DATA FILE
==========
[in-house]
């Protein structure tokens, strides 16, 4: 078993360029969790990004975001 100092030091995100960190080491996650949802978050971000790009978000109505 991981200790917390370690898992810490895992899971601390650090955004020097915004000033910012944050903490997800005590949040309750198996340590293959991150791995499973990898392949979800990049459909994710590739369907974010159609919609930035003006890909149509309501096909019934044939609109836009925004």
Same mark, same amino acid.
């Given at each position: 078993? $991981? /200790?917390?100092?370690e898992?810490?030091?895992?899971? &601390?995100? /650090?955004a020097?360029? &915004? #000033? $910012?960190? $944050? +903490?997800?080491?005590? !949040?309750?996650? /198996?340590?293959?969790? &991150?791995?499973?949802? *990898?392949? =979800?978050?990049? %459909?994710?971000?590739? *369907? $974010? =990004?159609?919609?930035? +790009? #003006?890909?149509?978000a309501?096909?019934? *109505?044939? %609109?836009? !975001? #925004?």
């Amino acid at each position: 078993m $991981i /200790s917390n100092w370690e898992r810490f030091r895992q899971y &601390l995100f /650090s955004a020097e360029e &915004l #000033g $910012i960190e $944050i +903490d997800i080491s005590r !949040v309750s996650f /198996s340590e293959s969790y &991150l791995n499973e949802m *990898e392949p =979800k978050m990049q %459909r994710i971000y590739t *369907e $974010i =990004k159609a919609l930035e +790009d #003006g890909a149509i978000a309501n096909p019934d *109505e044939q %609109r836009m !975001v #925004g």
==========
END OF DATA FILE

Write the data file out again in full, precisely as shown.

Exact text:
[in-house]
């Protein structure tokens, strides 16, 4: 078993360029969790990004975001 100092030091995100960190080491996650949802978050971000790009978000109505 991981200790917390370690898992810490895992899971601390650090955004020097915004000033910012944050903490997800005590949040309750198996340590293959991150791995499973990898392949979800990049459909994710590739369907974010159609919609930035003006890909149509309501096909019934044939609109836009925004």
Same mark, same amino acid.
């Given at each position: 078993? $991981? /200790?917390?100092?370690e898992?810490?030091?895992?899971? &601390?995100? /650090?955004a020097?360029? &915004? #000033? $910012?960190? $944050? +903490?997800?080491?005590? !949040?309750?996650? /198996?340590?293959?969790? &991150?791995?499973?949802? *990898?392949? =979800?978050?990049? %459909?994710?971000?590739? *369907? $974010? =990004?159609?919609?930035? +790009? #003006?890909?149509?978000a309501?096909?019934? *109505?044939? %609109?836009? !975001? #925004?």
């Amino acid at each position: 078993m $991981i /200790s917390n100092w370690e898992r810490f030091r895992q899971y &601390l995100f /650090s955004a020097e360029e &915004l #000033g $910012i960190e $944050i +903490d997800i080491s005590r !949040v309750s996650f /198996s340590e293959s969790y &991150l791995n499973e949802m *990898e392949p =979800k978050m990049q %459909r994710i971000y590739t *369907e $974010i =990004k159609a919609l930035e +790009d #003006g890909a149509i978000a309501n096909p019934d *109505e044939q %609109r836009m !975001v #925004g």